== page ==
Representations of kingship in early Tudor drama (1509–1547)

Trainor, Mark William Thomas (2023) Representations of kingship in early Tudor drama (1509–1547). Masters thesis, Memorial University of Newfoundland.

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During Henry VIII’s reign from 1509 to 1547, the concept of kingship underwent radical changes which reflected the wider reinterpretation of monarchical power in sixteenth-century Europe. Henry VIII’s kingship in particular changed from a personal monarchy which relied on the subjects’ consent to an absolutist kingship which gained control over the English Church through the Act of Royal Supremacy. Henrician literature offers insight into how intellectuals around Henry VIII’s court perceived the king’s changing authority in this transitional period. In particular, the speculum principis or mirror for princes genre, employed for political instruction by scholars, poets, and playwrights, demonstrates how intellectuals tried to influence Henry’s actions by engaging in cultural propaganda directed at the governing elite and the king himself. Writers relied on the established conventions of courtly counsel according to which good kings were supposed to listen to the advice of their subjects and to allow debate about their kingships. For instance, John Skelton’s (1463-1529)’s Speculum Principis (1501),Desiderius Erasmus’s (1466-1536) The Education of a Christian Prince (1517), Thomas Elyot’s (1490-1546) The Boke Named a Governour (1531) and Thomas Starkey’s (1498-1538) A Dialogue Between Pole and Lupset (1529–1532) and A Preface to the Kynges Hyghnes (1536), act as examples how writers “co-opted the authoritative voices and traditions of previous generations in order to speak truth to the increasingly irresponsible and unheeding power of Henry’s ‘imperial’ sovereignty” (Walker, Writing under Tyranny 25). The concerns expressed in political theoretical works were echoed in a number of plays composed by playwrights associated with the Tudor court between 1519 and 1539. Tamara Atkin asserts that Renaissance dramatists had “extended the medieval practice of using drama to influence and shape public opinion,” especially in regards to Henry VIII’s kingship (9). In line with these developments, Skelton’s Magnificence (1519), John Heywood’s (1497–1580) The Play of the Weather (1533), and John Bale’s (1495–1563) King Johan (1538/9) demonstrate how playwrights dramatize the speculum principis genre to explore in detail different aspects of royal authority, the role of counsellors, the threat of tyranny, and the emergent concept of an English empire. While scholars have extensively examined Henrician political interludes, no study has hitherto explored systematically the relationship between these early Tudor political interludes and the contemporary mirror for princes treatises associated with the Henrician court. Moreover, very few studies to date (Salter, Carlson) have analyzed Skelton’s Speculum Principis or examined the influence of Erasmus’s, Elyot’s, and Starkey’s political theories on Henrician drama and its definitions of ideal kingship (Dodds, Conrad, Mayer). Likewise, Skelton’s, Heywood’s, and Bale’s plays have not been compared to each other in order to delineate the evolution of the concept of royal authority throughout the Henrician period. In this thesis, I will provide a comparative analysis of Skelton’s, Heywood’s, and Bale’s plays in conjunction with contemporary mirror for princes treatises by Skelton, Erasmus, Elyot, and Starkey to explore how humanists, scholars, and playwrights associated with the Tudor court defined royal authority in relation to Henry VIII. I will argue that Skelton (Magnificence), Heywood (The Play of the Weather), and Bale (King Johan) each demonstrates how courtly scholars during Henry VIII’s reign use the speculum principis genre and morality play structure to advise this English king on how to properly develop his kingship in their respective opinions, either defining, implicitly subverting, or confirming his royal authority over the commonwealth.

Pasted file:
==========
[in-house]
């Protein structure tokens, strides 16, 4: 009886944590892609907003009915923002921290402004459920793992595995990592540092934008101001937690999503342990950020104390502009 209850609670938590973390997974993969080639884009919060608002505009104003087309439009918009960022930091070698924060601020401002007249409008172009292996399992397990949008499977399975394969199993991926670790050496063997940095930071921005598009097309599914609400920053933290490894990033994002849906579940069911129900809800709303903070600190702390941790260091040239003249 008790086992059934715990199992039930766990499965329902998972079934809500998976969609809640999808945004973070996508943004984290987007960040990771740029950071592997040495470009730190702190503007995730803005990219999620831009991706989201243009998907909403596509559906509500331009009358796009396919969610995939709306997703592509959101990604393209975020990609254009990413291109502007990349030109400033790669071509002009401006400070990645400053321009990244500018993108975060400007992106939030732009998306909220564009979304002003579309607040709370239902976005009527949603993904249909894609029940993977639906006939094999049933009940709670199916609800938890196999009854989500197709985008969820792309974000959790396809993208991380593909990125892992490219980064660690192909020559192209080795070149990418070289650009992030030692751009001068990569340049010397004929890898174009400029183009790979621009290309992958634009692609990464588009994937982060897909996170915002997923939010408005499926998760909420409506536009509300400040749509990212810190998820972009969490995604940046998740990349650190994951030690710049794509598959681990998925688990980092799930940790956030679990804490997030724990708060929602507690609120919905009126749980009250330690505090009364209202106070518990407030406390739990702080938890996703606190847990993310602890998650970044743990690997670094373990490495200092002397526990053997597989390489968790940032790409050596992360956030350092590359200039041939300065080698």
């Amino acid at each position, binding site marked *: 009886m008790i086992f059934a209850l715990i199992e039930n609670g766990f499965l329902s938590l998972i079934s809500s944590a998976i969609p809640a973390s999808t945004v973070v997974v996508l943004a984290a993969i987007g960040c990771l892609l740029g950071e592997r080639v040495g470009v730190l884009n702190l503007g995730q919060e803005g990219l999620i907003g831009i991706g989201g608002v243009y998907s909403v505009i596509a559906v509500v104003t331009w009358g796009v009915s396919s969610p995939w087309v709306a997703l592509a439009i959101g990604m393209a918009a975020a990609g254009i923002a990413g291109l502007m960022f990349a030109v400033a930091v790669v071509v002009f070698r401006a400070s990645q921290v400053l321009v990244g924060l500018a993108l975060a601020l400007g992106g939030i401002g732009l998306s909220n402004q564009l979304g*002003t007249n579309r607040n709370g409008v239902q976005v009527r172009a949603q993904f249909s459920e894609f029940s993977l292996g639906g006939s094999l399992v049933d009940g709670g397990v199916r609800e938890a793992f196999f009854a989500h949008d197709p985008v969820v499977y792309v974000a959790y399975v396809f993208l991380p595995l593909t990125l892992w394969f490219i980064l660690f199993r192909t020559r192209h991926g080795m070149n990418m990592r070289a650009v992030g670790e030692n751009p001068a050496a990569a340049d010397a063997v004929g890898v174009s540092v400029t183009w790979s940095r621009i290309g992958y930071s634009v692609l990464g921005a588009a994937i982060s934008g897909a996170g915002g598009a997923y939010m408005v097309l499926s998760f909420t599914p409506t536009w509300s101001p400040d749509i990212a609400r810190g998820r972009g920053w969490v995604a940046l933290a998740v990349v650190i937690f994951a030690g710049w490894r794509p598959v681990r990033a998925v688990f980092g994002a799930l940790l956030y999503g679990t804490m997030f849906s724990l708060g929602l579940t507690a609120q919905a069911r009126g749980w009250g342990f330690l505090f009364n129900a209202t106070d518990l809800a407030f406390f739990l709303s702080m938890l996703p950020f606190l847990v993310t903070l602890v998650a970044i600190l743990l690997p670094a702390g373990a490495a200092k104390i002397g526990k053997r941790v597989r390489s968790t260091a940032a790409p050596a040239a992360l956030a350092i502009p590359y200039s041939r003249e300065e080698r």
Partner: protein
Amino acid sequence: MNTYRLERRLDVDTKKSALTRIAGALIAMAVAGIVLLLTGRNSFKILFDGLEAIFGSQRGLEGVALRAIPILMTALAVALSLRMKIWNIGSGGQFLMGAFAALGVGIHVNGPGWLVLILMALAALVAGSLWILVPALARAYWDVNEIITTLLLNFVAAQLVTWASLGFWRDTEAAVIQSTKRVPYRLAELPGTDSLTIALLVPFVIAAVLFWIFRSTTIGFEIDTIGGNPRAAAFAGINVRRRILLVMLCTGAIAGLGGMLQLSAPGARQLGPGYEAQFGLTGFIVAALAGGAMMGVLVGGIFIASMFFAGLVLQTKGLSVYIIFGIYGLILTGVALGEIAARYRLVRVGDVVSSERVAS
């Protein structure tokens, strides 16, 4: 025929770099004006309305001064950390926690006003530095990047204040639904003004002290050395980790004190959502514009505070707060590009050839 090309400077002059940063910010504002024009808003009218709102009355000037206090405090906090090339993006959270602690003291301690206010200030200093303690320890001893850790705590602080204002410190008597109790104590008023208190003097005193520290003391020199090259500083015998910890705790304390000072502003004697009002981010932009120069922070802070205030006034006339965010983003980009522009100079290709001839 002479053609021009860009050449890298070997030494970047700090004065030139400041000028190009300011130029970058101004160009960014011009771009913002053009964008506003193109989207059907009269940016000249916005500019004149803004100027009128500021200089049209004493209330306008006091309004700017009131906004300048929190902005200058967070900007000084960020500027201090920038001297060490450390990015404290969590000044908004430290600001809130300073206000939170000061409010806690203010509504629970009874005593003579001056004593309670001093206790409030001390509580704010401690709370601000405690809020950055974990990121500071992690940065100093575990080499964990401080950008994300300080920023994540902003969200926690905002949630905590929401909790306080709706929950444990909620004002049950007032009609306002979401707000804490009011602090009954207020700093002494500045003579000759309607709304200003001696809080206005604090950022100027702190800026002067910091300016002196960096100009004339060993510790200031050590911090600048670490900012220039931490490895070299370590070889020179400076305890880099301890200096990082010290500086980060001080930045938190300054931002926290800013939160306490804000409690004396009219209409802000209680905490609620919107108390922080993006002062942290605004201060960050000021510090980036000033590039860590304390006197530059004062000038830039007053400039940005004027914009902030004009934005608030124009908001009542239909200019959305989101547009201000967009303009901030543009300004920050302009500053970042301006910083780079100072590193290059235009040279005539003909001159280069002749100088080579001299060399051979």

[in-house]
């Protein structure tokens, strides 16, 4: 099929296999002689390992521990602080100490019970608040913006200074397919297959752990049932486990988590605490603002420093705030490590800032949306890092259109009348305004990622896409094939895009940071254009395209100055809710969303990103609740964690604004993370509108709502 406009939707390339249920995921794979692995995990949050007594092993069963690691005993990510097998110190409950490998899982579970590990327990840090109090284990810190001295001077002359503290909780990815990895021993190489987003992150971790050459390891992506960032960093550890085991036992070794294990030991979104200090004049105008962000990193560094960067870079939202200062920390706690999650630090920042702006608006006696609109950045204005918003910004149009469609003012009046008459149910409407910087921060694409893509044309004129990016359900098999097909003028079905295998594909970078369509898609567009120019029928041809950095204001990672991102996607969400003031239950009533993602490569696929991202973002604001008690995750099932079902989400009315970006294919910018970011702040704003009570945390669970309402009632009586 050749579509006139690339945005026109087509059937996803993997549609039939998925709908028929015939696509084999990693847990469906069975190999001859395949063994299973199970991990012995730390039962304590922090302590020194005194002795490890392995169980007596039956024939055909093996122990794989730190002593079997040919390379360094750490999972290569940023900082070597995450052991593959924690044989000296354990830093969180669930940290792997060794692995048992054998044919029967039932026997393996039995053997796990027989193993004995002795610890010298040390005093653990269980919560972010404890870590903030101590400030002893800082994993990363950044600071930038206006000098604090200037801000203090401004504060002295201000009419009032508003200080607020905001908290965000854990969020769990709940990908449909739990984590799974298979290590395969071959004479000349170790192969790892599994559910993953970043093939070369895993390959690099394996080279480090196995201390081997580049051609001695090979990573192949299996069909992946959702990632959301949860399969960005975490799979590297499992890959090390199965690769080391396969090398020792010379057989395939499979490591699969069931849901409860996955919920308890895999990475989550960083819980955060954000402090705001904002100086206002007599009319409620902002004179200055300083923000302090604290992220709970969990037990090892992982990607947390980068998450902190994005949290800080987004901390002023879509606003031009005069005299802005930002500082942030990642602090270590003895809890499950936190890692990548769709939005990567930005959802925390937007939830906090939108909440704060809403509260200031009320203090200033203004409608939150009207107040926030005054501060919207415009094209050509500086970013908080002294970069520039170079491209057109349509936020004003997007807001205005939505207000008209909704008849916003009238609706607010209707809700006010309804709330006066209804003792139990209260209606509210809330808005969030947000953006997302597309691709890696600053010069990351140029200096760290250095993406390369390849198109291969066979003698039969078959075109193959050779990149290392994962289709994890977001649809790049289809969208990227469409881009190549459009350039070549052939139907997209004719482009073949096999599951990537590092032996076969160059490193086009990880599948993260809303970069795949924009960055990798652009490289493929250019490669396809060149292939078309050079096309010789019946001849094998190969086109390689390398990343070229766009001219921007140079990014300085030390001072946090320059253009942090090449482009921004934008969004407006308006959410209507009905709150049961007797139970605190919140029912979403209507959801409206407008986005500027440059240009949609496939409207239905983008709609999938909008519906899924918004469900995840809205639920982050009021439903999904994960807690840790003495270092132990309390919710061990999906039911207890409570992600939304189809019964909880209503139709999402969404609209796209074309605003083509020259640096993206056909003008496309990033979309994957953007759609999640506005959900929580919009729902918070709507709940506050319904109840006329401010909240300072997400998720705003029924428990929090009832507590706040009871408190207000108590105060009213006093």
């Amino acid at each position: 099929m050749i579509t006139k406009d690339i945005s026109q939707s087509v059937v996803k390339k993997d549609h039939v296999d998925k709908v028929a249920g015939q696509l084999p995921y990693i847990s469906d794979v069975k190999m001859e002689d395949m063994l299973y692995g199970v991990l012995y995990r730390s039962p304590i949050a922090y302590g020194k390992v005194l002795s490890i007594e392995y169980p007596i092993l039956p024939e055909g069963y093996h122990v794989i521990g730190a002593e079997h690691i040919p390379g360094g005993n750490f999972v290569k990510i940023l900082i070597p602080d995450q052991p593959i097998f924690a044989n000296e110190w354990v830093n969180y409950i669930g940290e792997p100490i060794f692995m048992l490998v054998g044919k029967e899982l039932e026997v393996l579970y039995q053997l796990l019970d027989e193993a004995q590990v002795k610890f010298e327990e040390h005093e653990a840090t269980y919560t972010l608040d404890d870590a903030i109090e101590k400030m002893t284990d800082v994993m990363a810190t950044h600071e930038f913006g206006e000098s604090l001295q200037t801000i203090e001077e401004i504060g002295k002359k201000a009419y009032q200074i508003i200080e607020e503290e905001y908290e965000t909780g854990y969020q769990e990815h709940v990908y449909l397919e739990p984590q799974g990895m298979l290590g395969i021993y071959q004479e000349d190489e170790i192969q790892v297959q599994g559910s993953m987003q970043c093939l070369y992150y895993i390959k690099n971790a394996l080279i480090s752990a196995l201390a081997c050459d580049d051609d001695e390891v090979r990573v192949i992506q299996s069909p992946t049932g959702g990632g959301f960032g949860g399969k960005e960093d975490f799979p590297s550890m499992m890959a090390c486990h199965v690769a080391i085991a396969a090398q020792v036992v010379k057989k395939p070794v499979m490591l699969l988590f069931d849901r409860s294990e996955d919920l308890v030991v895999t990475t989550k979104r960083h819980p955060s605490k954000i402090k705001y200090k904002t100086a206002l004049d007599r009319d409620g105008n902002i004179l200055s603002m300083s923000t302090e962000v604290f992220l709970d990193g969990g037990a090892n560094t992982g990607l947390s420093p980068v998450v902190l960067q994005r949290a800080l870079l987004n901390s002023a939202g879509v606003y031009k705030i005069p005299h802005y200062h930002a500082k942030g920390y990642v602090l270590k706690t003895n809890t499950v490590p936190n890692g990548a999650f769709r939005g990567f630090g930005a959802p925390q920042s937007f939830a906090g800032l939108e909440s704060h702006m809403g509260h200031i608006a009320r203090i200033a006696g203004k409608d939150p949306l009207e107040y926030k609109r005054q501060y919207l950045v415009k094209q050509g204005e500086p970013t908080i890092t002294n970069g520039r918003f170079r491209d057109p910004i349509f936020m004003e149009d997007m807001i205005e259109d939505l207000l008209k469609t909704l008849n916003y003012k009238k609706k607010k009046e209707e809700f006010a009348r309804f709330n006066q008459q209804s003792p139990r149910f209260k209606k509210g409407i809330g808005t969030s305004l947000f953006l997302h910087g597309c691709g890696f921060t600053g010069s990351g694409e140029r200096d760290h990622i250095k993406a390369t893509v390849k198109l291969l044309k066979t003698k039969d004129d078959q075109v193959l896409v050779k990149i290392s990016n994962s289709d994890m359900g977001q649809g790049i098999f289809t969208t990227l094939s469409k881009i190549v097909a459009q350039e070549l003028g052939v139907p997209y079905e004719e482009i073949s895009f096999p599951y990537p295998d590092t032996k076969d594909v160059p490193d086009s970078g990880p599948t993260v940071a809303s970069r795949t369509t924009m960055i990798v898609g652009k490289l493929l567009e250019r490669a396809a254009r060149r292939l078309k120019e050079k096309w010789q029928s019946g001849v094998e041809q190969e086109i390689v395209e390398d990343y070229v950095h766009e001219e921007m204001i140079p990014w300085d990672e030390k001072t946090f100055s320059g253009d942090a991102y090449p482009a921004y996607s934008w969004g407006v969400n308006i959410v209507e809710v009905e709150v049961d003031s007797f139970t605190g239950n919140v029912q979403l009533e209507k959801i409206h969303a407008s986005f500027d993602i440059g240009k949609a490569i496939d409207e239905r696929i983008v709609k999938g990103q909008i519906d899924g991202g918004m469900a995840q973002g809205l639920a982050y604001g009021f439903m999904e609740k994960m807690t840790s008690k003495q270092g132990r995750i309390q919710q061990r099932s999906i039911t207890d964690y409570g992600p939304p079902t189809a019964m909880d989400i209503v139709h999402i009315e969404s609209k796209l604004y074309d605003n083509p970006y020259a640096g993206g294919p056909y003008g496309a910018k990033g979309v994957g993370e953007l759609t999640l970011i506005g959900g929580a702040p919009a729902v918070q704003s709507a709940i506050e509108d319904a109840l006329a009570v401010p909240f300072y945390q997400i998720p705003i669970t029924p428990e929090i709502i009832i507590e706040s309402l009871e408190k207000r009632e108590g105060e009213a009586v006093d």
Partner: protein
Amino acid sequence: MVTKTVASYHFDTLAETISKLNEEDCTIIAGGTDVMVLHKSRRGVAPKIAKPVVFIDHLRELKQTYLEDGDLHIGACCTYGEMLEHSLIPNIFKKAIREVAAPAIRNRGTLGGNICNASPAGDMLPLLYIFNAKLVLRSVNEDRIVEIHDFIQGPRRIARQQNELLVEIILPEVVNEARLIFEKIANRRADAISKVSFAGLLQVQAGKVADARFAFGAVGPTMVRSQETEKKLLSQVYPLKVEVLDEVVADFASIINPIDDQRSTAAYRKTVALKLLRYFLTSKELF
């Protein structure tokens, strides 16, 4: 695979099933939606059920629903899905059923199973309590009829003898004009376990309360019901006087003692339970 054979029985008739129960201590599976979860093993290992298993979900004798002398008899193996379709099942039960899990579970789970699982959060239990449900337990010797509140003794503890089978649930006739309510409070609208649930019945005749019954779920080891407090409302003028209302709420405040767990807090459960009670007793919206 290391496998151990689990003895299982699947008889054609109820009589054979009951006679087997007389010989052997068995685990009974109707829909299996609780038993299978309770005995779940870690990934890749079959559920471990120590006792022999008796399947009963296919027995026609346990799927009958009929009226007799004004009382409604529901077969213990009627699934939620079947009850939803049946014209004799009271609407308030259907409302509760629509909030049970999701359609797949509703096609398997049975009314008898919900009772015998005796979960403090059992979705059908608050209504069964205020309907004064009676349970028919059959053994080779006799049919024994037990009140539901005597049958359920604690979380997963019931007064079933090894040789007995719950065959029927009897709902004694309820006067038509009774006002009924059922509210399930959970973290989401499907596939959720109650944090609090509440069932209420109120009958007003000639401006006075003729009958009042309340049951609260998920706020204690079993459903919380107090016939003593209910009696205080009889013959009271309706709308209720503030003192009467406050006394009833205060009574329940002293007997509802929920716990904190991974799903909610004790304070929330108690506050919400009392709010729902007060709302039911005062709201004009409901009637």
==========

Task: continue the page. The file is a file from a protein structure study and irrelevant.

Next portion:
Item Type: Thesis (Masters)
Item ID: 16211
Additional Information: Includes bibliographical references (pages 115-124)
Keywords: Henry VIII, Henrician drama, speculum principis, early modern literature, Tudor kingship
Department(s): Humanities and Social Sciences, Faculty of > English Language and Literature
Date: August 2023
Date Type: Submission
Digital Object Identifier (DOI):
Library of Congress Subject Heading: Henry VIII, King of England, 1491-1547; Monarchy--Great Britain--History--Sixteenth century; Kings and rulers; Church and state--History--Sixteenth century; Power (Social sciences)--History-- Sixteenth century; Literature and society--History--Sixteenth century; Political plays, English--History and criticism; Drama--15th and 16th centuries; Political ethics--Early works to 1800.

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